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Recommended

Lodging:

Beaver Valley Inn

Lew Beach, New York

Ph. 845-439-4844

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The 1880 House

Bed & Breakfast

Pulaski, New York

Ph. 315-298-6088

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Kettle Creek Lodge

Cross Fork, PA

Ph. 315-298-6088

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Guides:

Ray's Guide Service

Guide: Ray Ellis

Fishing the Salmon River

Salmon & Trout

Pulaski, New York

Ph. 315-298-7575

Email: Wogiewus@aol.com

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Other:

The Wulff School of Fly Fishing

P.O. Box 984, Livingston Manor, New York

Ph. 845-439-5020

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Good Tips:

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Why complicate things?  The tips below are a quick reference to things that have made me more successful on the water.

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Stream specific flies I Saltwater I Freshwater I Safety I General

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Stream specific flies:

Try a size 16 bead head green weenie caddis larva or a floating green inch worm on Clarks Creek, PA from late spring through late summer.

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Try a size 20 grey adult midge in the fly fishing section of the Yellow Breeches Creek, PA from January through March.

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Try a size 20 olive deer hair beetle in the fly fishing section of the Yellow Breeches Creek, PA during the summer months.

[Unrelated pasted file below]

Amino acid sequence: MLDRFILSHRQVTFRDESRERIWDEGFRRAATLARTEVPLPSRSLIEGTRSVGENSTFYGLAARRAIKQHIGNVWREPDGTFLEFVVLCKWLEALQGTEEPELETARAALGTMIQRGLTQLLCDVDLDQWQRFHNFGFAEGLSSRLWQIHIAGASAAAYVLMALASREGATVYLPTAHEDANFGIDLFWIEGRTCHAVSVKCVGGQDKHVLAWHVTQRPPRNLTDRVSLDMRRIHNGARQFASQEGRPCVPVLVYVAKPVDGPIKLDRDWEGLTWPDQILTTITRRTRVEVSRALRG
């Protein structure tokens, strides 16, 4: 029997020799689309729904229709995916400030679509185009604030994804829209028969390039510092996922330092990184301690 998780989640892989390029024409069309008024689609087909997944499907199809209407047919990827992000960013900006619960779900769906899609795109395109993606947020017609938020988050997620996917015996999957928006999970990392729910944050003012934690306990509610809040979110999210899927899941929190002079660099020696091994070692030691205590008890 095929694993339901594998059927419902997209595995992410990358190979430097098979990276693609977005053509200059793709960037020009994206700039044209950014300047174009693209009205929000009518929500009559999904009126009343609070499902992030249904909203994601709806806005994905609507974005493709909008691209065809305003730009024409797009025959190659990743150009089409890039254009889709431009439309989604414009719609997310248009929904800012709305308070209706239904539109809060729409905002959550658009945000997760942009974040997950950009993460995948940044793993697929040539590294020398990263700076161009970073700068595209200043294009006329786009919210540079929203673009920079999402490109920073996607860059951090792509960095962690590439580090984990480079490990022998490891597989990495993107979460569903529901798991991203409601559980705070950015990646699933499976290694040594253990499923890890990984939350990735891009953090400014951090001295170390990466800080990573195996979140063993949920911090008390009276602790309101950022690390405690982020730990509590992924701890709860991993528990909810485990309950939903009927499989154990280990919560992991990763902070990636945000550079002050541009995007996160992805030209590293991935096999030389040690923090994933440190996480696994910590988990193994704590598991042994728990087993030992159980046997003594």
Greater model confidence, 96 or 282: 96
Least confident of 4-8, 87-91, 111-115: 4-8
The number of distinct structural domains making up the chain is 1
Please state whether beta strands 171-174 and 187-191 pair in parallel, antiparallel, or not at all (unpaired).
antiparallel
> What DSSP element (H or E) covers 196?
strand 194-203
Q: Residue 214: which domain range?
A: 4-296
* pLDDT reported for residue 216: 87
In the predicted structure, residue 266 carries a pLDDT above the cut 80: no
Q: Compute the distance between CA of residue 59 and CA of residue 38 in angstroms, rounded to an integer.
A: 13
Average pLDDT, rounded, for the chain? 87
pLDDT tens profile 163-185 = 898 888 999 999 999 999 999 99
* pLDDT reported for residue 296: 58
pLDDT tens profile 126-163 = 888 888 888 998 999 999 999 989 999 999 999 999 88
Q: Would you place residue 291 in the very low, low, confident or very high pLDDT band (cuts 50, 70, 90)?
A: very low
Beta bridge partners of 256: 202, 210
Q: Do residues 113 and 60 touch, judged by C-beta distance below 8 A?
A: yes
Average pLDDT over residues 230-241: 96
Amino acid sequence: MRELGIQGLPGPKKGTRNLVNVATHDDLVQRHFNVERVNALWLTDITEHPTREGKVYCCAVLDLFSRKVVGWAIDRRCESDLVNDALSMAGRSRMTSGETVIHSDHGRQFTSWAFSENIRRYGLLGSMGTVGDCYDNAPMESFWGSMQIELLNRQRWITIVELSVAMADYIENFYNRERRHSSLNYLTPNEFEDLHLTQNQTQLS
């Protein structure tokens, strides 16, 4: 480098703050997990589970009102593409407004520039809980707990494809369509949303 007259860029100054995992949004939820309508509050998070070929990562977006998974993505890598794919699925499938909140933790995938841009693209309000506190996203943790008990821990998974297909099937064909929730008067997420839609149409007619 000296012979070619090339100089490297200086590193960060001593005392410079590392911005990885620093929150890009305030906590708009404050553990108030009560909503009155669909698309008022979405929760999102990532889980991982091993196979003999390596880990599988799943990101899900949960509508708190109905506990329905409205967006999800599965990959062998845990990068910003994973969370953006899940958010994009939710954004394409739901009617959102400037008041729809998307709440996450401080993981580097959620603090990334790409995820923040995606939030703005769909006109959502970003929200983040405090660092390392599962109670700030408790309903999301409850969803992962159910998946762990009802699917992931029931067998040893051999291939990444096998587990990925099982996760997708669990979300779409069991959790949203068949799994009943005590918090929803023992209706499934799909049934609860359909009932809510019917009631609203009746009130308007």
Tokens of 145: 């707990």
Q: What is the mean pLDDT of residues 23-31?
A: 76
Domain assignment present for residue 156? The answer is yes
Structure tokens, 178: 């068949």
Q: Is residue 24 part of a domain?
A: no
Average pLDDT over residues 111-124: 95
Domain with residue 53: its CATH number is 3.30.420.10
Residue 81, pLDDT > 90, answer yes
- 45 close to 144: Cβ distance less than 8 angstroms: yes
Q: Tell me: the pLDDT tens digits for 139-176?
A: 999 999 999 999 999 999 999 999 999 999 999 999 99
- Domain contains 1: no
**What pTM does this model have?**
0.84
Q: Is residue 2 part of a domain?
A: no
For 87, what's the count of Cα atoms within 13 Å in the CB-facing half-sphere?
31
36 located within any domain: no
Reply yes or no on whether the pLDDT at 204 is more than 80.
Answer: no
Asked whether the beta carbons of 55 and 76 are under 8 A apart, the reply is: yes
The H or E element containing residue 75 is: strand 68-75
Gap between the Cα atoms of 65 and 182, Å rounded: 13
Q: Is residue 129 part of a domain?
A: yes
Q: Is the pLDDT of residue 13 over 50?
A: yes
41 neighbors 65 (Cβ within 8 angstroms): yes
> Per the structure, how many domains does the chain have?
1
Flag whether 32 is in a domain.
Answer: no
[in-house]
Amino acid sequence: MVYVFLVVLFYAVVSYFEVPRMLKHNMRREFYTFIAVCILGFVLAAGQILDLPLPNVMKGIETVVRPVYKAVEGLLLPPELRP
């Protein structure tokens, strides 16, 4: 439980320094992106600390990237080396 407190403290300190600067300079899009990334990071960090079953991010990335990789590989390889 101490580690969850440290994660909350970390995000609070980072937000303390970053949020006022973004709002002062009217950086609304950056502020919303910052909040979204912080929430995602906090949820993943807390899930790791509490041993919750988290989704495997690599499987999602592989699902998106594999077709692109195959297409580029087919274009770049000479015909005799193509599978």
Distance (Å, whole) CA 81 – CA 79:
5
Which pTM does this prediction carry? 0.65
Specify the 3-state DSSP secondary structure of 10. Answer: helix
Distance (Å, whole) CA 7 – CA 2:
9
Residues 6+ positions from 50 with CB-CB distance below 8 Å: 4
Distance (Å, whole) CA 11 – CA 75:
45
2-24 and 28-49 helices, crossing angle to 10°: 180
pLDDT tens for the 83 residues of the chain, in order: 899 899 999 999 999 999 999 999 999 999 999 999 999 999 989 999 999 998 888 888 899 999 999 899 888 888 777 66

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Try a size 8-10 black muddler minnow on the Letort, PA any time.

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Use flies with rubber legs on the Salmon River, Pulaski, NY.

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Saltwater:

If you're comfortable casting flies of varying weights, you can simplify your life by fishing an intermediate line nearly 100% of the time.  This is true for both boat and shore fishing.  Less time is spent switching lines and rigging rods.  Additionally, it's one less thing to carry, i.e. spare spool or extra reel.  Experience is based on Northeast fishing from MA to NC, bluewater not included.  There are times floating and sinking lines are preferred, i.e. extremely shallow or deep swift water and when solely fishing top-water flies.

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Begin by covering the top of the water column with a 4-6 inch white Deceiver, then switch to a half and half style fly like a Vineyard Minnow to cover the bottom.

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Walk with the current and fish, don't stay stagnant.  The intent of this technique is to locate fish.  Every shoreline holds minor changes in bottom structure.  These changes hold fish.  Due to water depth, you may be unable to see these changes.  By walking and fishing you'll fish structure not visible to the eye.

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Mark depressions or points with a GPS at low tide, return to fish these spots on the incomming tide.  Read this article.

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Wear sandals over stocking foot waders to prevent sand from filling in boots.  Simple gravel cuffs on boots is not enough when wading sandy beaches.

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Use pliers and a leather glove to tighten knots when 20 pound tippet or heavier is used.

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Fish in front of obstructions like bridge pilings on an outgoing tide.

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Freshwater:

Use a casting bucket when fishing large or fast flowing rivers.

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Use a braided leader to reduce tangles.  Cut the thicker braided loop and serve directly onto the fly line.  Read this article.